It's a shame - GSD's are one of the easiest breeds to train. I should know, I owned two of them for years. They want to please. It takes very little time to teach them. This is the very reason I blame the couple and not the dog. If I try to make excuses for them, I could say well, maybe they just got the dog and haven't had time to train it yet. Or maybe it's not their dog - maybe they're just watching it for a friend. For all those reasons and more, they should have had it on a leash. Absolutely no good reason not to. 

Unfortunately, situations like this are part of the reason why dogs will be forbidden on more parts of the trail. They are already not allowed in the Great Smoky Mountains and the White Mountain National Parks, mostly, I think, because they disturb the wildlife and leave poop everywhere. Signs saying "Dogs must be on a leash" just don't work. There were plenty of signs in the vicinity where I was attacked. 

One of the most common questions I get asked about long distance hiking is "What's the most dangerous animal you encounter?" I think people ask this assuming I will answer with a story about a close encounter with a bear but the real answer is dogs. I've now had three or four close encounters and I know two other hikers whose thru-hikes were ended by dog bites. That officially makes them the most dangerous animal on the trail. 

Agree or disagree, please leave a comment below. 


Unknown said...

I knew you would say a domesticated animal... Wasn't sure if it was going to be human or not.. But I can see why.... Be safe ..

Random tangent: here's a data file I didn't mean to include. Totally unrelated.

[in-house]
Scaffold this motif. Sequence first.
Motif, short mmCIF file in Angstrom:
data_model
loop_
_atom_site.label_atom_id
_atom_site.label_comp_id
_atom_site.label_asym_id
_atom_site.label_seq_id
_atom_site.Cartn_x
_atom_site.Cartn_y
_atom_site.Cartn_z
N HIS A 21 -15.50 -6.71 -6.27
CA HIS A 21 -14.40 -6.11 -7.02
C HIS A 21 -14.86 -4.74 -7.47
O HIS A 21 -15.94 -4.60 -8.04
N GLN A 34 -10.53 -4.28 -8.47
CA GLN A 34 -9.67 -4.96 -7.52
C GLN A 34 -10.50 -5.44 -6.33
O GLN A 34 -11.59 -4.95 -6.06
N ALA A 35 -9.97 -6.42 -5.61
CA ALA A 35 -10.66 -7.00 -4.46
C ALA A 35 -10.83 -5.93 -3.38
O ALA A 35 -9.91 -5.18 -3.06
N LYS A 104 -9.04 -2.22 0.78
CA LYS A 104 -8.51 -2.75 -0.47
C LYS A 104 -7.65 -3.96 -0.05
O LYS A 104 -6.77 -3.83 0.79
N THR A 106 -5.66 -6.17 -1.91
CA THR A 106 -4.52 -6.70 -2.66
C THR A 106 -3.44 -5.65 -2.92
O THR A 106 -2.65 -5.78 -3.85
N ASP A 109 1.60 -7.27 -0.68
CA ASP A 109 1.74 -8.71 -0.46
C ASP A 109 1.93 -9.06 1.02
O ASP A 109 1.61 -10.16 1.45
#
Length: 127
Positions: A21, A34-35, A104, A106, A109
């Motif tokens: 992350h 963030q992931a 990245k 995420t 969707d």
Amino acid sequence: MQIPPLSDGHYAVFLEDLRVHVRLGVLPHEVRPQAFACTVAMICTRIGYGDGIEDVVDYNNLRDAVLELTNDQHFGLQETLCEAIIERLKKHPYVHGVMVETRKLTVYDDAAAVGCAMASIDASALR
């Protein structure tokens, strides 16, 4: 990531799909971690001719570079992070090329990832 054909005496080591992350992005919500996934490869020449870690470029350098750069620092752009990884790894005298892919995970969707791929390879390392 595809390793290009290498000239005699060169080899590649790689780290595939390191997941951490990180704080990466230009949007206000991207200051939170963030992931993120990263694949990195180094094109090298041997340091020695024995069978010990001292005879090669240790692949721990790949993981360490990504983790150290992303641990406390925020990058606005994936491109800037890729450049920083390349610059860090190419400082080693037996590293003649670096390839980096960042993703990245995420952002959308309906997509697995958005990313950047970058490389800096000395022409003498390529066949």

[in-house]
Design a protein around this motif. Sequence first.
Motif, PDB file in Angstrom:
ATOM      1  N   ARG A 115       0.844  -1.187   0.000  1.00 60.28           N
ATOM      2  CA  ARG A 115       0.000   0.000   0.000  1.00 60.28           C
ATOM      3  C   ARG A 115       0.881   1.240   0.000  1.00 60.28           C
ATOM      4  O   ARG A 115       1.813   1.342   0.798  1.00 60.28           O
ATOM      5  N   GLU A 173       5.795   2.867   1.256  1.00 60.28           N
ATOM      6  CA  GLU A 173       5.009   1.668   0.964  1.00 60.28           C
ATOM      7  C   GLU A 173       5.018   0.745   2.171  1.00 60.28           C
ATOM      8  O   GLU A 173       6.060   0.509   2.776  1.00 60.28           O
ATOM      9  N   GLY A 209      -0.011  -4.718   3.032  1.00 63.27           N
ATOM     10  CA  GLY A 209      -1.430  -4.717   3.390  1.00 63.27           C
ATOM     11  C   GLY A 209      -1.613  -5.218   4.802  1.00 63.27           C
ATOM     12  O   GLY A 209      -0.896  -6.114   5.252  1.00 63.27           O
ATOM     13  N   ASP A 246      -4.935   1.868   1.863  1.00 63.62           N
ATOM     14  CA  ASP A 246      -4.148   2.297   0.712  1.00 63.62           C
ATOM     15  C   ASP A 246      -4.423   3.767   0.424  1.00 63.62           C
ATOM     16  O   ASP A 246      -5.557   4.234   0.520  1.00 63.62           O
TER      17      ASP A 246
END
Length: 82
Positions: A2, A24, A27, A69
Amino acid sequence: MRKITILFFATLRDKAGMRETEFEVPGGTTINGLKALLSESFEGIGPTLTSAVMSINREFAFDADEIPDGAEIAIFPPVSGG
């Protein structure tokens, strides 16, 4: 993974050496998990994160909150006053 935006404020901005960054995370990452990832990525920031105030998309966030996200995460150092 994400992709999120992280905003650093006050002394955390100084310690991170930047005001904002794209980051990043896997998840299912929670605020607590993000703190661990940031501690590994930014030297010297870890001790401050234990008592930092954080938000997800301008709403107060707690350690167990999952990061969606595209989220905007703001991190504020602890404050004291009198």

Unknown said...

Total agreement. Thank-You for this post. I'm sorry everyone has to worry about ignorant dog owners. It's a shame.

Chris Hillier said...

You're probably right that humans are, technically, more dangerous. Good call.

Chris Hillier said...

Thanks, Trish. What has been your experience with dogs while working in our national parks? Rangers ever have to get involved?

Libby said...

There is so much more that goes into this discussion (at least from my perspective) but I'm not sure I can articulate it accurately. So I will not try (I have tried and deleted and deleted and deleted) At the end of the day it was poor form on the part of the dog owners who clearly haven't come to terms or have never been exposed to their dog's behavior or fear. Most dog owners don't have a clue of how to handle their dogs, etc. The one place where I can take my dog, the dog park, has recently been overrun by toddlers and babies in strollers. So now when I take my dog off leash to run and play I have to be careful that my dog doesn't run over a 2 year old who is more than 200 ft from their parents and not paying attention or jumps on a kid knocks him down (or worse yet, the kids is scratched by my dog's nails) to get the ball that the kid is holding in the air and won't throw. Why do the bring their kids to the one place where dogs can be dogs? Because they think because their dog at home is how every dog in the world acts around babies, toddlers etc. My rant is a little off topic but it leads back to the fact that we are ultimately responsible for our own behavior and rules apply to us all. Safe travels my friend.

Chris Hillier said...

Great post, Libby. Thanks. Why are people bringing kids to a dog park? I've only been to one and it was a free-for-all! Big dogs running full tilt. No place for a child. How does Norman do on the trails?

Chris Hillier said...

I should make a correction: My bro Hee Haw reminded me that dogs ARE allowed in the Whites but not in Baxter State Park - the northern terminus of the AT. My bad.